Art Around the Corner

While I was working on the Goya in the last post, the folks in charge of NGA's Art Around the Corner program came by to ask if I might be interested in doing some sessions with the students in the January session. I was thrilled to accept, because this program is an opportunity to make a real difference in some kids' lives through art. The NGA partners with DC Public Schools to bring 4th and 5th graders into the Gallery several times a year, not just to look at the art, but to participate in artmaking as they learn to see the world through artists' eyes. It is one of the most gratifying experiences I have had as a painter. To learn more about this program and to see it in action, here's a video made in 2011 which shows how it happens:  https://www.nga.gov/audio-video/video/art-around-the-corner.html

The project this time was portraiture, and the organizers chose this fantastic Van Gogh portrait as the point of departure. My role was to discuss the artist with the kids, give them a chance to talk about what they saw in the painting, and to demonstrate for them how a copyist works to re-create a painting in real time. I worked with several groups over the course of two days, and in addition to Vincent, we talked about other portraitists both within the NGA and without. I discussed Amy Sherald's incredible portrait of Michelle Obama which hangs at the Smithsonian NPG. Many of them had seen it, and all of them lit up when shown an image of that painting. This session happened during the aftermath of George Floyd's murder. One of Amy Sherald's driving principles is that skin color is what we make of it. Her portraits have skin tones greyed out, making the point that we are all the same color, just different shades of light and dark.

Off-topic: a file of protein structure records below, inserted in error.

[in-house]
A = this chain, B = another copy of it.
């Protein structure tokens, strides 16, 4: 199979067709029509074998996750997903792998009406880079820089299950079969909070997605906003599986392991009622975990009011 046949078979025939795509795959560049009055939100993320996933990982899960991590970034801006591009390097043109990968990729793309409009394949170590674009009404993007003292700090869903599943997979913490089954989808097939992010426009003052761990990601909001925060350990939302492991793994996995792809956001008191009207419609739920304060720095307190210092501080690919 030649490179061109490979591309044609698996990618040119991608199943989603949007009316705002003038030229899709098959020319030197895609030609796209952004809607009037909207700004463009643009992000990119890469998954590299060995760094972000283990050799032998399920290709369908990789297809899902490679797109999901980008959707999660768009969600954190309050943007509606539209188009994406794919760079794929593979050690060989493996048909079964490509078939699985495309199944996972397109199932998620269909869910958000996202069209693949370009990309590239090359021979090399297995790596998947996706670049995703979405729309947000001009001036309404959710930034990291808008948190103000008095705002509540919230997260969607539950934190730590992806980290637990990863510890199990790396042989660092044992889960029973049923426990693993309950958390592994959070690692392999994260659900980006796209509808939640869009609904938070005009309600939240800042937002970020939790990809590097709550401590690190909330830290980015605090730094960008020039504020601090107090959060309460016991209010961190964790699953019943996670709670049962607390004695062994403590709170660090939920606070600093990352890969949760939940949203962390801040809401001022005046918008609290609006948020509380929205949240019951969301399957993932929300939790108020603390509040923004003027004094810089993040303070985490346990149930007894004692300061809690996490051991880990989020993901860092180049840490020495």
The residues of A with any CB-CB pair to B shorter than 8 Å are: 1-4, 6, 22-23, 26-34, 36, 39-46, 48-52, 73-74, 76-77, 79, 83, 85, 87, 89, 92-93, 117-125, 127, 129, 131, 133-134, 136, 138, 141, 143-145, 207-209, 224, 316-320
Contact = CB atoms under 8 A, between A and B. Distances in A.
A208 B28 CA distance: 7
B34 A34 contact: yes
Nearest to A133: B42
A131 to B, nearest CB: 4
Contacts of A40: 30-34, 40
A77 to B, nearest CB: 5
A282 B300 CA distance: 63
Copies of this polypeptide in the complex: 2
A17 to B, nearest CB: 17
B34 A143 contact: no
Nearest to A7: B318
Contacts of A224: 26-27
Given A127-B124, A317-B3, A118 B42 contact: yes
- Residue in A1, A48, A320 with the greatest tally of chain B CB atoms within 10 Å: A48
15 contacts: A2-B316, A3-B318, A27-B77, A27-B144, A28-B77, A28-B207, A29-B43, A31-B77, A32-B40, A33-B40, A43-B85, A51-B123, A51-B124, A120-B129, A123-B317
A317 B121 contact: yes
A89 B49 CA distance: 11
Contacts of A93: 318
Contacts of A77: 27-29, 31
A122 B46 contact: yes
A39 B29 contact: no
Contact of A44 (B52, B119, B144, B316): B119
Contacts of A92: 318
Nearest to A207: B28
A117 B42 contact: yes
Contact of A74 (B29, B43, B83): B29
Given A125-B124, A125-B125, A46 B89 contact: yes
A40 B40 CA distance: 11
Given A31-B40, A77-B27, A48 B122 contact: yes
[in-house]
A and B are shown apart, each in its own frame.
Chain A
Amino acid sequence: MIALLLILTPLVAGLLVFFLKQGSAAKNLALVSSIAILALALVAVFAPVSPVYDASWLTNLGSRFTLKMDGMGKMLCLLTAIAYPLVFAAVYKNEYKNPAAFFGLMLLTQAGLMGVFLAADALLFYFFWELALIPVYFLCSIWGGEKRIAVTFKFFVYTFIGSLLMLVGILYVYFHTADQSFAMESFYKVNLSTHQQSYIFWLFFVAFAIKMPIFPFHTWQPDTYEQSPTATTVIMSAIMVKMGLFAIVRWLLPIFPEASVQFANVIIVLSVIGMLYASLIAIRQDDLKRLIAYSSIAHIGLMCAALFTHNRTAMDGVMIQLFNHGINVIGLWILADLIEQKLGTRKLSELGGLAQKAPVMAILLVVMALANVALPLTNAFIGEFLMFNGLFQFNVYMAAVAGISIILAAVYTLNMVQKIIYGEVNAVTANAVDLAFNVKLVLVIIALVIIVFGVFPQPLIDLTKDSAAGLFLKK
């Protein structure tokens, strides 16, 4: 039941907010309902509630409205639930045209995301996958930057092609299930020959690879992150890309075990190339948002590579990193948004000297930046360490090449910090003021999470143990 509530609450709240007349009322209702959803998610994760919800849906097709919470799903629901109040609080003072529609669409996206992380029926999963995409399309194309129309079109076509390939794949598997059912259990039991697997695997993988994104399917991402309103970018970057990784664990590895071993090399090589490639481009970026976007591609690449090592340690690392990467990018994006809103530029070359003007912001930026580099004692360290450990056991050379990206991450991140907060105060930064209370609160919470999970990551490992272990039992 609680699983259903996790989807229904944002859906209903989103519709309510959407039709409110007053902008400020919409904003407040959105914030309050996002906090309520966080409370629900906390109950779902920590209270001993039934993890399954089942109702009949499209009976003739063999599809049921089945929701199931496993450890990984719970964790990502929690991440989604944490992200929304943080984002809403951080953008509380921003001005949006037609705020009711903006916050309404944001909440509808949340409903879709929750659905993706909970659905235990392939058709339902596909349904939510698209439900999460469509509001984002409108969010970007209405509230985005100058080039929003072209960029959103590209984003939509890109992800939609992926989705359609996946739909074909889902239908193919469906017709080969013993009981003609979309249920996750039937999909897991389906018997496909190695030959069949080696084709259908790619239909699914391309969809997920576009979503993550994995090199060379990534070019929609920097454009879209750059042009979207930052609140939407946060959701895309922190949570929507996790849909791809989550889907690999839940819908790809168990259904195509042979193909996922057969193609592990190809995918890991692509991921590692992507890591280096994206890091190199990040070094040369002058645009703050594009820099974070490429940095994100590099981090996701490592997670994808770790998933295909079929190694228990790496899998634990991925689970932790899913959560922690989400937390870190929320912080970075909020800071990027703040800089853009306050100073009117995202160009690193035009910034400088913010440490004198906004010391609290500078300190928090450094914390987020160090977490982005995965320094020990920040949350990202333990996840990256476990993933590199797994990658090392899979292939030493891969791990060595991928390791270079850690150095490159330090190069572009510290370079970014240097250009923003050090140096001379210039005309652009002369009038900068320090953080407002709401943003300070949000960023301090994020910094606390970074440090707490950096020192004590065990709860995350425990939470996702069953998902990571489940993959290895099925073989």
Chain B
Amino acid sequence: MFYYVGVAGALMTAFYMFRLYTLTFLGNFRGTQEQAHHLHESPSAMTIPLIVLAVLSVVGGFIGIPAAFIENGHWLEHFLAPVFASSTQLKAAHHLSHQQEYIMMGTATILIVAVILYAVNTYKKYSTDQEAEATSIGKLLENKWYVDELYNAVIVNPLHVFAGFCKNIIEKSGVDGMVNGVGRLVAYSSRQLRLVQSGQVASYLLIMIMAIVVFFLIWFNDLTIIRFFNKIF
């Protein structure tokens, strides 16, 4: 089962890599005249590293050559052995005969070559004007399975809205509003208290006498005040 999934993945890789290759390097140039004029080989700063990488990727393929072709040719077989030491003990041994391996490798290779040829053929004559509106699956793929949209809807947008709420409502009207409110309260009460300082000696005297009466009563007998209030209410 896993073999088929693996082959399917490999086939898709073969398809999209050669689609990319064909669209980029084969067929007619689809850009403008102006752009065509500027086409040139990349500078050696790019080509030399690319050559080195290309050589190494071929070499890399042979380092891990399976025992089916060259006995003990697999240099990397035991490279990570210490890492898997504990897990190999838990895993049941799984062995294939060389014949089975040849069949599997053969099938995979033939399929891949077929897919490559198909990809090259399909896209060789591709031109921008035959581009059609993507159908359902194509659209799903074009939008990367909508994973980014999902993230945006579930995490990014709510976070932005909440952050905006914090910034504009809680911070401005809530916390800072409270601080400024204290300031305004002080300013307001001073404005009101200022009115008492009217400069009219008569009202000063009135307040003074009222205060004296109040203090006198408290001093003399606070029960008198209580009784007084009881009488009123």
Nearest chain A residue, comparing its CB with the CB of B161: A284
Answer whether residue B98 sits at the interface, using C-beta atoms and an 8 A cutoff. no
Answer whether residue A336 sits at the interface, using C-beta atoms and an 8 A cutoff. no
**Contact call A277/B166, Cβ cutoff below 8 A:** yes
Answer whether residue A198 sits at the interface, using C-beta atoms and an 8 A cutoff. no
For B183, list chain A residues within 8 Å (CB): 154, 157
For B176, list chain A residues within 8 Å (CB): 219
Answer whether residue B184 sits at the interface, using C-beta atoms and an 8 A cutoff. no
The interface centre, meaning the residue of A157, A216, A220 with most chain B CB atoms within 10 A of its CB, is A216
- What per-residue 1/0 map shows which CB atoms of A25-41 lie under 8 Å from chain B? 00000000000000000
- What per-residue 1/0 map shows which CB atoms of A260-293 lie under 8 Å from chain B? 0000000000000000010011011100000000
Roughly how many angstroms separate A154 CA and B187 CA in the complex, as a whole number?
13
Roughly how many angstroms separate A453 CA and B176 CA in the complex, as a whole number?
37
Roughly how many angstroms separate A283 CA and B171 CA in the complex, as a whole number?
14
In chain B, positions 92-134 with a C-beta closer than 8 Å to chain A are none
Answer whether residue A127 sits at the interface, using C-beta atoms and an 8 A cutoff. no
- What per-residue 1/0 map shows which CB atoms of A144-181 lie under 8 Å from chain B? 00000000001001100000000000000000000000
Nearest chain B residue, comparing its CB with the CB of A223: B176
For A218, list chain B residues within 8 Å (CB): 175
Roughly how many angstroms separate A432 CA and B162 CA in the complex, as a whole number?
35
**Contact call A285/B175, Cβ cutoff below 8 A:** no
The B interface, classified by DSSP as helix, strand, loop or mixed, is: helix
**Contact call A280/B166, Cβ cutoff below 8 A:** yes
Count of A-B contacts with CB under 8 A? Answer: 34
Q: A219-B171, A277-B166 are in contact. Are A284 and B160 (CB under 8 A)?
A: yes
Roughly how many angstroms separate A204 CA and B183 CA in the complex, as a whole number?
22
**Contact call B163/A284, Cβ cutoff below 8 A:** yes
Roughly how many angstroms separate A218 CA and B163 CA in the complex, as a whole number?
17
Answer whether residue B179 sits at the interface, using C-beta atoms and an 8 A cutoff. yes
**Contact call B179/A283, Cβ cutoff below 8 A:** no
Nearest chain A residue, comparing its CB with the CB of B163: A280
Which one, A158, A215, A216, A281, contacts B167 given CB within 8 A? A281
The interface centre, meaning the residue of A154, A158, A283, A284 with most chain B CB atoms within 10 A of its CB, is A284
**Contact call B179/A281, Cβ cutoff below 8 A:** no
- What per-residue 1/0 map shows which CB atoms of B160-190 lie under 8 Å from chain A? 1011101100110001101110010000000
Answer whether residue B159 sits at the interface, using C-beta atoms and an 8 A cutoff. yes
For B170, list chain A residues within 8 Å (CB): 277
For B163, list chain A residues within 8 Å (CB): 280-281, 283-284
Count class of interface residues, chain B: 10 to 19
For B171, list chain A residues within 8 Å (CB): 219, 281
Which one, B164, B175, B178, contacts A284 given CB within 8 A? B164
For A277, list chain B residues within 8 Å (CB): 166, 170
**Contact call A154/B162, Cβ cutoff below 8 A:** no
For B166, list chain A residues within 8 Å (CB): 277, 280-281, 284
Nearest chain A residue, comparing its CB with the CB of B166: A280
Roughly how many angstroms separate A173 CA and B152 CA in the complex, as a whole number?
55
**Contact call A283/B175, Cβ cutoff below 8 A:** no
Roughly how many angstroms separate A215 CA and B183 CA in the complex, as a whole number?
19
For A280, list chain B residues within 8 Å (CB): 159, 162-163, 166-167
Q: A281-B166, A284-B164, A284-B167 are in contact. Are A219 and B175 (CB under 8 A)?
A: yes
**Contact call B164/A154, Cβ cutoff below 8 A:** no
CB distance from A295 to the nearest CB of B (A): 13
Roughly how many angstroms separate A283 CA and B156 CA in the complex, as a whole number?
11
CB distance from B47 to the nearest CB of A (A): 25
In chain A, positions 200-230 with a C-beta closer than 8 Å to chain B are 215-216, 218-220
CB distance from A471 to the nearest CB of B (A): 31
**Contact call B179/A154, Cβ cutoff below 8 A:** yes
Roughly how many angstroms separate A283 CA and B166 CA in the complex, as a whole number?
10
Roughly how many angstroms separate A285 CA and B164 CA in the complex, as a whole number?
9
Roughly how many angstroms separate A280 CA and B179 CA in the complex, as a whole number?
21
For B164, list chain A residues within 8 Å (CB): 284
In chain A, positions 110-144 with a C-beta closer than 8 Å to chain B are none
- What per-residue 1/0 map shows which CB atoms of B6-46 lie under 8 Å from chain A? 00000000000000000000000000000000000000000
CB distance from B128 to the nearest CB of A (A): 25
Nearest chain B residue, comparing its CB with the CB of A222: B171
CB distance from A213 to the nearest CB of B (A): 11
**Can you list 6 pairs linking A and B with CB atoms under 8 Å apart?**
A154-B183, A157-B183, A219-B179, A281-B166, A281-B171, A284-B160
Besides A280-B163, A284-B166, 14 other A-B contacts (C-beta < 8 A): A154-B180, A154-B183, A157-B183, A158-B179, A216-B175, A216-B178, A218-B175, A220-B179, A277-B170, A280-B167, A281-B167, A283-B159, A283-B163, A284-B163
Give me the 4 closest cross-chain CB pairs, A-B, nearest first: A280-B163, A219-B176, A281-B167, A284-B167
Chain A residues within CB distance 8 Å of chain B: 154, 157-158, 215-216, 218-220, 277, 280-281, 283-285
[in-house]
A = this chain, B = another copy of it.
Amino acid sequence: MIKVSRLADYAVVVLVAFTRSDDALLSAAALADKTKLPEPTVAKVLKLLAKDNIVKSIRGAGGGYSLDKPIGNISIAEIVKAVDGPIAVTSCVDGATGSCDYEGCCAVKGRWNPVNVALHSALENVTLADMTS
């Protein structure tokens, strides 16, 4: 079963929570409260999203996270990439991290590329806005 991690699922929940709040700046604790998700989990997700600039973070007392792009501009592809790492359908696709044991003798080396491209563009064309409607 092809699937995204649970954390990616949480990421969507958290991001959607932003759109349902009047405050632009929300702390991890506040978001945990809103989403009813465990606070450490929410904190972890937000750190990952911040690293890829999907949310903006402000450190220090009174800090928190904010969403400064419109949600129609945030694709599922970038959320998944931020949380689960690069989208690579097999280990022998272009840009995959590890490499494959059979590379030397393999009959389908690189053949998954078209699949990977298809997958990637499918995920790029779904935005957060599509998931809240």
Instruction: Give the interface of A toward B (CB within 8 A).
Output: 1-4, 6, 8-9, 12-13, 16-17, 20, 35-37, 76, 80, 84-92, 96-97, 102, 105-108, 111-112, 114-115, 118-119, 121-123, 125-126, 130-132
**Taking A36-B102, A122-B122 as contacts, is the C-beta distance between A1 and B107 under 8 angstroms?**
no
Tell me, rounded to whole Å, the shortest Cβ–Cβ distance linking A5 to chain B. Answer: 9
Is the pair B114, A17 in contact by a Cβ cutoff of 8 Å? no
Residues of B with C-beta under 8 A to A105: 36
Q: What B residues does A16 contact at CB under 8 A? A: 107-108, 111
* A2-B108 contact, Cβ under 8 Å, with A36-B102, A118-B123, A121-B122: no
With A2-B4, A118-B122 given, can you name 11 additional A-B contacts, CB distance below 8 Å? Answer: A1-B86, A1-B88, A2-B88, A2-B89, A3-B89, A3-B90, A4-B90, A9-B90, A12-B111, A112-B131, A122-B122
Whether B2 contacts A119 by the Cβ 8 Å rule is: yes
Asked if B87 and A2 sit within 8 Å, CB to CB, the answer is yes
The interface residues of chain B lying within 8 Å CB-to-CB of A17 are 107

As for Vincent, he's green--and the kids took that idea and ran with it. I wish I had images of their work, which truly turned out far superior to my own. Below is my setup for the first session and near completion on the second day. 

This was February 2020. I was already seeing more international visitors wearing masks, and was just starting to wonder how concerned I should be about Covid, since as a Copyist, I was constantly engaged with people in the gallery, having animated discussions about my work, the art and the artists--my favorite part of the job. Then a month later, official lockdown began, and everything closed down. Even now I don't know if this program was reinstated after things opened up again. My husband and I left DC after a full year of hard isolation, just as soon as we were vaccinated. 

I hope that this won't turn out to have been the last time I set foot in the National Gallery, or the last time I paint there. It is the last time for the foreseeable future. Here's a photo from happier times. 

Photo credit: Sandra J Cohen (a great portraitist)